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From Northern Michigan to Costa Rica


Posted on Jul 1, 2015

Randy Webster

Randy Webster

Randy Webster

Randy is a student in the Freshwater Studies program at Northwestern Michigan College. He has been the recipient of several scholarships: Adopt-A-Student, the Global Opportunity Fund, the Science/Math Honors Merit Scholarship, and the Jensen-Lena C Scholarship.

Randy visits a waterfall near the Arenal volcano.

Randy visits a waterfall near the Arenal volcano.

Randy has many reasons to celebrate summer. One of them is his successful completion of the Freshwater Studies Internship with an international, interdisciplinary team of students and faculty from Northwestern Michigan College in the United States, and EARTH University in Costa Rica. An accomplished chef with 40 years of experience, Randy is broadening his professional outlook, exploring a new career in water. We are very pleased to feature his internship story.

Randy writes about his experiences:

Soil and water analysis lab at EARTH University

Soil and water analysis lab at EARTH University

Collecting soil samples at a banana plantation

Collecting soil samples at a banana plantation

There are many things that impacted me during my Freshwater Studies internship in Costa Rica. The learning experiences I was offered were multidisciplinary and well-rounded, most informative and inspiring.

The most interesting thing I did was collecting water, soil and nematode samples, but, in addition to taking the samples, I learned much from the work we did in the lab, while we analyzed the samples ourselves. Lab work was particularly interesting to me because we performed several tests that I have never done before like nematode counts, chemical oxygen demand, soil density and pH.

Lots of exercise walking down 115 steps to the valley!

Lots of exercise walking down 115 steps to the valley!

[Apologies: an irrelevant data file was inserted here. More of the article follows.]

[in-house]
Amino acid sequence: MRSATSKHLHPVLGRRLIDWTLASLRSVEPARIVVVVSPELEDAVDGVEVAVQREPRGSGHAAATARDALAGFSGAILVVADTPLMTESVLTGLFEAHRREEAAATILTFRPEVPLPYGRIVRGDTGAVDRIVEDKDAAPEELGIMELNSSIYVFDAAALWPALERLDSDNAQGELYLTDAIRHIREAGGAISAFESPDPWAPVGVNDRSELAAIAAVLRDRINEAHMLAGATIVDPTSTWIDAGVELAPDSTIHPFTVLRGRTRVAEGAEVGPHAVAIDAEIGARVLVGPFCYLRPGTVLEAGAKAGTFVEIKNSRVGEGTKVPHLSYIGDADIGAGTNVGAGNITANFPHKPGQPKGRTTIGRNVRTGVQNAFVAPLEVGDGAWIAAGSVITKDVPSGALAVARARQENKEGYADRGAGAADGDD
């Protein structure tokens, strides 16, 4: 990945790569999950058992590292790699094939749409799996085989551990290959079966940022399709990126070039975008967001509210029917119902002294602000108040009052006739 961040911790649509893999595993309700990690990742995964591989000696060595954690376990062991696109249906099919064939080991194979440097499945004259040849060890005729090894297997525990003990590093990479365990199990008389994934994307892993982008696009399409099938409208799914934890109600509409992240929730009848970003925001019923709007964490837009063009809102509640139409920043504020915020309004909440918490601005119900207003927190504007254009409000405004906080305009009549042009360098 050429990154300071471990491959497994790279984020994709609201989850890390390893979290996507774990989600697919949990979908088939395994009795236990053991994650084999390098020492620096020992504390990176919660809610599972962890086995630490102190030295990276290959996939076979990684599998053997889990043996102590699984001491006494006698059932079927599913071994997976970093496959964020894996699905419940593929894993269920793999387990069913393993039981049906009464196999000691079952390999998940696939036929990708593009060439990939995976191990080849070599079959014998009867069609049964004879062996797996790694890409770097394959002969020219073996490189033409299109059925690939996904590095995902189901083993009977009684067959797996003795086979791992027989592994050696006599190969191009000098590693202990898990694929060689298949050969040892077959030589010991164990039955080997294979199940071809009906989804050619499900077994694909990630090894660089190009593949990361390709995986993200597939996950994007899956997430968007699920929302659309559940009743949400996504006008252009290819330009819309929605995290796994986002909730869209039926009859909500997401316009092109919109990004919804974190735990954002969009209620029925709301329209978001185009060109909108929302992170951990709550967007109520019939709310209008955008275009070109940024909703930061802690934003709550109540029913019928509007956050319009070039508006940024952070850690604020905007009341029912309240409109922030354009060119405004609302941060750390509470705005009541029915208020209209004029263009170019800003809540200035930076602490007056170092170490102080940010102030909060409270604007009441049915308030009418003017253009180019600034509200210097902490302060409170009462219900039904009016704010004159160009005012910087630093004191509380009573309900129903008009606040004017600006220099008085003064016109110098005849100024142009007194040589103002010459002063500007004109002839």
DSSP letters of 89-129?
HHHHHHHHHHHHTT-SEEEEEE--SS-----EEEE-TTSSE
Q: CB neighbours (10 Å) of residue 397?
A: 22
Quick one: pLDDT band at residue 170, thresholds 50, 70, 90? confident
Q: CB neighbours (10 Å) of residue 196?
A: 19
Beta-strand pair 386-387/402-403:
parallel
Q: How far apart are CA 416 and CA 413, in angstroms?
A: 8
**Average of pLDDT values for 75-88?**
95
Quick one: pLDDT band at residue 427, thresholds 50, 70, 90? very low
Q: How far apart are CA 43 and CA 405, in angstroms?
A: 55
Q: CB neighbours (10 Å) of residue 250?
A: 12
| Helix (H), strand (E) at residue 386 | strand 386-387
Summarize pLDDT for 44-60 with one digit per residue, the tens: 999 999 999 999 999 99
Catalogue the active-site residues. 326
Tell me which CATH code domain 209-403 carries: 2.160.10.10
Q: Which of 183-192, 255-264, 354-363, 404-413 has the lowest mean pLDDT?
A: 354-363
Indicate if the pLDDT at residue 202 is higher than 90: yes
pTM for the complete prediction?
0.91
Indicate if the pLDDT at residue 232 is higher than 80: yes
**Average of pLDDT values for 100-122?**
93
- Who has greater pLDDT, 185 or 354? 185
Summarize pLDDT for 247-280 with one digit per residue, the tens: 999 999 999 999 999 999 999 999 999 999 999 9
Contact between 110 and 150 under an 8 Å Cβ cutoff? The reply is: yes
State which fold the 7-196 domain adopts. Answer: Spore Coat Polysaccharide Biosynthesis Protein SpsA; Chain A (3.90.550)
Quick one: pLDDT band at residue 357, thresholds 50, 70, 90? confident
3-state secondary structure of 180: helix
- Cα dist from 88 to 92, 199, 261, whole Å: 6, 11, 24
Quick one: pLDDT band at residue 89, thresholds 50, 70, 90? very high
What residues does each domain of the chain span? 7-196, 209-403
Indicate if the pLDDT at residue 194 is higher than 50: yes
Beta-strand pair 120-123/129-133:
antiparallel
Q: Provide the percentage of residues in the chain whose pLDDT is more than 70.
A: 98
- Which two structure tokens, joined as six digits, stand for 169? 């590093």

Far and foremost, I will remember the Costa Rican people, who strike me as very friendly. I appreciated being exposed to many cultures at EARTH University, especially after being cooped up here in Northern Michigan for nearly ten years!

I had the fortune of visiting Roots, the farm where I did my homestay. Roots is not a farm, per se, as it doesn’t really produce any agriculture, but it is an ideal place to learn about sustainable life.

The property sits on approximately 7 hectares and is sunk deep in a valley, 80 meters, with a river along the rear of the property and some fairly intense jungle between the house and the river. There were 115 steps leading down into the valley.

Randy with Roots owner Douglas Gomez and an NMC UAS student

Randy with Roots owner Douglas Gomez and an NMC UAS student

The owners, Douglas and María, raise tilapia, which they harvest twice a year. Douglas gives tours of his farm to school children, and others, promoting green living and existing as one with the land. He is also on a committee of ten people to preserve the river that runs behind his property.

Chef Randy cooks tilapia for his host family.

Chef Randy cooks tilapia for his host family.

The first day at Raíces we spent just touring the property and cleaning up some of the trails. That night I talked Maria into letting me cook the tilapia for the evening meal. I marinated it in garlic, chilies, fresh lemon and limes, and olive oil. Then I saute’d it with more chilies, garlic, coconut milk and finished it with hard butter. Turned out great!

Overall, this was an outstanding experience. I just wish we had been there longer so I could get immersed in Spanish and develop my language skills to the level I demand of myself. I did, however, learn how to say “Pura Vida” without an accent.

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Want a way to stand out from the crowd when it’s time to look for a job?

Consider a study abroad trip. Students who study abroad find a job twice as fast as those who don’t and earn $7,000 more, according to 2012 studies.

NMC Flight Instructor Abigail Smelzer as a student on a 2011 trip to the UK.

NMC Flight Instructor Abigail Smelzer as a student on a 2011 trip to the UK.

Moreover, in a global economy employers increasingly value study abroad experiences, but relatively few students take them, according to the Chicago Tribune. NMC Flight Instructor Abigail Smelzer is one who did and saw it pay off in her job hunt.

As an aviation student at NMC, she visited the United Kingdom in 2011 and South Africa in 2014. Steve Ursell, Head of International Aviation at NMC, said those trips gave Smeltzer an edge when the department was looking to employ flight instructors in August 2014.

“Her experience in both the UK and South Africa certainly assisted her in gaining a flight instructor position at NMC because we have a very active international program,” Ursell said.

“Because I went on the trip as a student, now I understand the whole point of what the international program is about,” Smelzer said.

Smelzer, a 2009 Bear Lake High School graduate, has been drawn to travel since she was a child and chose aviation as a way to further that passion.